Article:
Kwong Wai Shiu Hospital nursing home opens after $96m facelift

Prime Minister Lee Hsien Loong greets seniors at the newly renovated Kwong Wai Shiu Hospital nursing home on Oct 6, 2018. ST PHOTO: ALPHONSUS CHERN
Kwong Wai Shiu Hospital nursing home went through a $96 million renovation project that it undertook with the Ministry of Health. ST PHOTO: ALPHONSUS CHERN
Kwong Wai Shiu Hospital nursing home went through a $96 million renovation project that it undertook with the Ministry of Health. PHOTO: LIANHE ZAOBAO

SINGAPORE - The Government alone cannot make Singapore prosper, as its people and community partners have a role to play in helping the country overcome its challenges.

Prime Minister Lee Hsien Loong reiterated this on Saturday (Oct 6) at the opening of the redeveloped 600-bed Kwong Wai Shiu Hospital (KWSH) nursing home in Serangoon.

"As the Government does its part, we will also need community partners like KWSH, and more importantly, support from the people who will work hard and overcome challenges, like the Pioneer and Merdeka generations. Only then can Singapore prosper," said Mr Lee.

KWSH nursing home went through a $96 million redevelopment that it undertook with the Ministry of Health. Works started in 2014.

With the facelift, it is now the largest single-site nursing home in Singapore.

The new 12-storey facility has thematic day activity spaces and a refurbished traditional Chinese medicine centre. It also has a heritage gallery and a pavilion garden.

Its patients can now enjoy wards that are better ventilated.

The nursing home offers inpatient and outpatient services, day rehabilitation, day care, centre-based nursing services and a training centre.

The opening of the nursing home coincided with its 108th anniversary on Saturday.

In his speech, Mr Lee commended KWSH's efforts and thanked its volunteers, staff and donors. He noted the hospital's long history of helping the needy, calling it one of Singapore's oldest charitable healthcare institutions that has continued to help those in need throughout the country's development.

At the event, Mr Lee planted a pink mempat tree, which symbolises the Chinese proverb of future generations reaping what the previous generation sows.

(From left) Mr Wong Kan Seng, Prime Minister Lee Hsien Loong and Kwong Wai Shiu Hospital (KWSH) chairman Patrick Lee water a tree they just planted at the official opening of the KWSH nursing home. PHOTO: LIANHE ZAOBAO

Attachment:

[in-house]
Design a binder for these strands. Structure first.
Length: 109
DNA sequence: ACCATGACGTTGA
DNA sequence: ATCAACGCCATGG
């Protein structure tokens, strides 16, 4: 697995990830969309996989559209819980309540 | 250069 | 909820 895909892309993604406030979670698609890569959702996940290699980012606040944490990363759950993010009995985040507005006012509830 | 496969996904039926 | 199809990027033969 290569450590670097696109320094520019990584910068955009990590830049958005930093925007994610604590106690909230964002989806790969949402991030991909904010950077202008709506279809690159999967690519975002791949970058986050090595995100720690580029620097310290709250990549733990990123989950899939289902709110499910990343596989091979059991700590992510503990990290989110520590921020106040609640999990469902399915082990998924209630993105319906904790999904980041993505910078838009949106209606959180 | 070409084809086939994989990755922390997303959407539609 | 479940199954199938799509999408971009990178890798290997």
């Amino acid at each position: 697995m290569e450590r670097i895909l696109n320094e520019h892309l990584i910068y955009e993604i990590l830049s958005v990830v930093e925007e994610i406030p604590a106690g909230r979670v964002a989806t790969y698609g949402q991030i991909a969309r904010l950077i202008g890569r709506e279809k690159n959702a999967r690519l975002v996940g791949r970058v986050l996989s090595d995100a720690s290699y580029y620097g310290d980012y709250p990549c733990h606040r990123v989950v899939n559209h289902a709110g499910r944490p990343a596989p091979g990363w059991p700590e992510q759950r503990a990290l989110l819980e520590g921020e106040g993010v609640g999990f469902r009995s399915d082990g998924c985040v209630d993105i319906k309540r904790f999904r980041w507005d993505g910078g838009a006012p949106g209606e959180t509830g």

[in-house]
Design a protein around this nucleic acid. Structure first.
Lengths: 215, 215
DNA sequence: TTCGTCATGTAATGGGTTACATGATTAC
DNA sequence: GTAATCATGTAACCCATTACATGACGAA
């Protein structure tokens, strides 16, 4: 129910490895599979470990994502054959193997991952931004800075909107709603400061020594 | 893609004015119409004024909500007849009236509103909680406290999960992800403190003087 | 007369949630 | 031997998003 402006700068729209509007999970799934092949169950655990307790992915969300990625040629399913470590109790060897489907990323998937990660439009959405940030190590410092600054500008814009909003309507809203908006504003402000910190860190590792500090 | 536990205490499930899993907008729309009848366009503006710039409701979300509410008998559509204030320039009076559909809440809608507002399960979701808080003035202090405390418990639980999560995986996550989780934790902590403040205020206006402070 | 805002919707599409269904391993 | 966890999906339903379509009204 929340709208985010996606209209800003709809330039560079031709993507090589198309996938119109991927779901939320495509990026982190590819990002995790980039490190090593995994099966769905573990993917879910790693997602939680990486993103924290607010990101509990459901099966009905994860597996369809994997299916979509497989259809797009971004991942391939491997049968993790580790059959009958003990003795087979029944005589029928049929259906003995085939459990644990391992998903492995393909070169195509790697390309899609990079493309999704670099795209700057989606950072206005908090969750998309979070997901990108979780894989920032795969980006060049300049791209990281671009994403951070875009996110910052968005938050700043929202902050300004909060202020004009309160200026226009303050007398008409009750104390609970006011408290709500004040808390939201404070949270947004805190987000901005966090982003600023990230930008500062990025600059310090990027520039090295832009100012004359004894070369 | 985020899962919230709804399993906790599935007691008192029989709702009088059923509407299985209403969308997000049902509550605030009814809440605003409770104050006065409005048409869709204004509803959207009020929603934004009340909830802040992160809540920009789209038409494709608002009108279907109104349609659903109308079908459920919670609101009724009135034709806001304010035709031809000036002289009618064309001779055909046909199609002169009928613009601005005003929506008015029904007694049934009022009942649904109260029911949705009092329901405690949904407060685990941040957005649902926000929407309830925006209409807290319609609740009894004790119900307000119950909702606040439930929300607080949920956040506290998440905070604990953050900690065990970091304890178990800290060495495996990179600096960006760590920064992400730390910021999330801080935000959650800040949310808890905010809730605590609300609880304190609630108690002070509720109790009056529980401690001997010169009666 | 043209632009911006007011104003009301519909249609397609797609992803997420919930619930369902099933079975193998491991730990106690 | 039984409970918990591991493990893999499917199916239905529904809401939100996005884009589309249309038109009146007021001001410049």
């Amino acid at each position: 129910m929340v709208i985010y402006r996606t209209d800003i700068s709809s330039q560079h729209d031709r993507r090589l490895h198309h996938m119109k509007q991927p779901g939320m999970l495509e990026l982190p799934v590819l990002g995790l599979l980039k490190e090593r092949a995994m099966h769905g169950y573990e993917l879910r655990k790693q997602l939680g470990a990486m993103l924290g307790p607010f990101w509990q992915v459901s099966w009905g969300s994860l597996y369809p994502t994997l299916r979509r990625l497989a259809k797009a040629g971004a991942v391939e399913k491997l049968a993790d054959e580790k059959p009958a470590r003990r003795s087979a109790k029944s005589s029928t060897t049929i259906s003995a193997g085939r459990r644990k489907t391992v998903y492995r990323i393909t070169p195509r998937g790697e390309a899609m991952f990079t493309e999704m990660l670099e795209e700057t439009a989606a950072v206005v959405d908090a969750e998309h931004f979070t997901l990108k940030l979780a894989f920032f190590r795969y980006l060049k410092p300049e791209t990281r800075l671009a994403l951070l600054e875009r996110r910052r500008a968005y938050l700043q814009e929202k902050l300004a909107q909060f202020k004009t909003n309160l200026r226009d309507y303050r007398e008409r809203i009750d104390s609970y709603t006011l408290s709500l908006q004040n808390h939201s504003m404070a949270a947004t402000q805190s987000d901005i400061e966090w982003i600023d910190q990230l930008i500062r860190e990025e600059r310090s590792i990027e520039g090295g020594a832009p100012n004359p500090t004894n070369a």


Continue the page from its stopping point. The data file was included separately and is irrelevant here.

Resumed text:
His father, the late founding prime minister Lee Kuan Yew, planted a flame of the forest tree during his first visit to the hospital 55 years ago.

Singapore's first prime minister Lee Kuan Yew planting a flame of the forest tree on Dec 14, 1963, at Kwong Wai Shiu Hospital. PHOTO: ST FILE

KWSH aims to have a new 128-bed long-term care facility by 2020. By then, the National Healthcare Group Polyclinics will open the new Kallang Polyclinic, which will be connected to the nursing home.

The hospital is also set to establish its presence in six locations by 2021, specifically areas within the central region of Singapore, such as Kallang, Jalan Besar, MacPherson, Whampoa and Potong Pasir.

This will be done through the construction of more nursing homes and community care centres in the coming years.


In his speech, Mr Lee paid tribute to the late Dr Leong Heng Keng, who was KWSH's honorary chairman and board director, and other Pioneer Generation Singaporeans by highlighting the hard work and sacrifices they made for others.

"Dr Leong and the Pioneer Generation did not just take care of their own interests, but they worked together and supported each other. Business leaders contributed to helping the needy, established hospitals, school and clan associations," said Mr Lee.

"Other pioneers gave of what they could to help others. The hard work and sacrifices made by the Pioneer Generation helped to build Singapore out of nothing, and made it possible for Singapore to succeed."

The launch of the Pioneer Generation Package four years ago was to thank this group of Singaporeans, he added.

Similarly, Mr Lee said the generation that came after the pioneers, those born in the 1950s, also went through tough times.

As Singapore struggled for independence and faced challenges such as workers' and racial riots and high unemployment, this Merdeka Generation shared a common goal to make newly independent Singapore flourish, he said.

This motivated the generation to forge ahead and work together to give Singapore the progress it has enjoyed.

The Merdeka Generation Package, which Mr Lee announced at this year's National Day Rally, recognises their contributions and is meant to help with their healthcare concerns in their later years.

Said Mr Lee: "The Pioneer and Merdeka generations did their part, they strived for a better future for the next generation. The Government's goal will always be to improve the lives of the people."

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